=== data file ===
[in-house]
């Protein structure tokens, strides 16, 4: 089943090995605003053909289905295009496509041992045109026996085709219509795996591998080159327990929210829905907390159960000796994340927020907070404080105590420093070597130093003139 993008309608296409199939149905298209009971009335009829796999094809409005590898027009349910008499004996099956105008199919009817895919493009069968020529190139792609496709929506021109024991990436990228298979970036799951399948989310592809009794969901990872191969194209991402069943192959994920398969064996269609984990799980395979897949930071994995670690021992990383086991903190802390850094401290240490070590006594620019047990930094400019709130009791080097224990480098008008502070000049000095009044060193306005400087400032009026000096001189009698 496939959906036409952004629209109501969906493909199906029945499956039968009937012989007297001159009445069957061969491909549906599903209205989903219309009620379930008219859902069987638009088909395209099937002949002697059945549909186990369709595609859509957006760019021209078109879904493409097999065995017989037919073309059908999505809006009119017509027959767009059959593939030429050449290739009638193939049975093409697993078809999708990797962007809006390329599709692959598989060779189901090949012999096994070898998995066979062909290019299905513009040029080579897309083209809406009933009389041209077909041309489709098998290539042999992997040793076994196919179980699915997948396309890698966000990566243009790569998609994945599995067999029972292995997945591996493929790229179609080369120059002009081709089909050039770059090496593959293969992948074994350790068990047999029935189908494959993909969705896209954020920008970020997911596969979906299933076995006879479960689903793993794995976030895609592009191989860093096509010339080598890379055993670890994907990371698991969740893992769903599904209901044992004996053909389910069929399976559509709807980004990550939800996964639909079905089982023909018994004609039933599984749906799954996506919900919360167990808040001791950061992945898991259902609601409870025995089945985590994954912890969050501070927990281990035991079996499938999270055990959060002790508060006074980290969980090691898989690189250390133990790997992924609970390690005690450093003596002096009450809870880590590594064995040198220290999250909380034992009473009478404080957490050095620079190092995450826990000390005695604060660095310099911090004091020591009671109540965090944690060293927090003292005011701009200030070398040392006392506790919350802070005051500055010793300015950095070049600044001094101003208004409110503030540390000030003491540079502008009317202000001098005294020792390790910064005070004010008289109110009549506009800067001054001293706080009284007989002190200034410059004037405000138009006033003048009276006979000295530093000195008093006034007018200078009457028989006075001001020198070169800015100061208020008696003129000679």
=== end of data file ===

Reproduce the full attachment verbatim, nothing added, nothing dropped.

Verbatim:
[in-house]
């Protein structure tokens, strides 16, 4: 089943090995605003053909289905295009496509041992045109026996085709219509795996591998080159327990929210829905907390159960000796994340927020907070404080105590420093070597130093003139 993008309608296409199939149905298209009971009335009829796999094809409005590898027009349910008499004996099956105008199919009817895919493009069968020529190139792609496709929506021109024991990436990228298979970036799951399948989310592809009794969901990872191969194209991402069943192959994920398969064996269609984990799980395979897949930071994995670690021992990383086991903190802390850094401290240490070590006594620019047990930094400019709130009791080097224990480098008008502070000049000095009044060193306005400087400032009026000096001189009698 496939959906036409952004629209109501969906493909199906029945499956039968009937012989007297001159009445069957061969491909549906599903209205989903219309009620379930008219859902069987638009088909395209099937002949002697059945549909186990369709595609859509957006760019021209078109879904493409097999065995017989037919073309059908999505809006009119017509027959767009059959593939030429050449290739009638193939049975093409697993078809999708990797962007809006390329599709692959598989060779189901090949012999096994070898998995066979062909290019299905513009040029080579897309083209809406009933009389041209077909041309489709098998290539042999992997040793076994196919179980699915997948396309890698966000990566243009790569998609994945599995067999029972292995997945591996493929790229179609080369120059002009081709089909050039770059090496593959293969992948074994350790068990047999029935189908494959993909969705896209954020920008970020997911596969979906299933076995006879479960689903793993794995976030895609592009191989860093096509010339080598890379055993670890994907990371698991969740893992769903599904209901044992004996053909389910069929399976559509709807980004990550939800996964639909079905089982023909018994004609039933599984749906799954996506919900919360167990808040001791950061992945898991259902609601409870025995089945985590994954912890969050501070927990281990035991079996499938999270055990959060002790508060006074980290969980090691898989690189250390133990790997992924609970390690005690450093003596002096009450809870880590590594064995040198220290999250909380034992009473009478404080957490050095620079190092995450826990000390005695604060660095310099911090004091020591009671109540965090944690060293927090003292005011701009200030070398040392006392506790919350802070005051500055010793300015950095070049600044001094101003208004409110503030540390000030003491540079502008009317202000001098005294020792390790910064005070004010008289109110009549506009800067001054001293706080009284007989002190200034410059004037405000138009006033003048009276006979000295530093000195008093006034007018200078009457028989006075001001020198070169800015100061208020008696003129000679």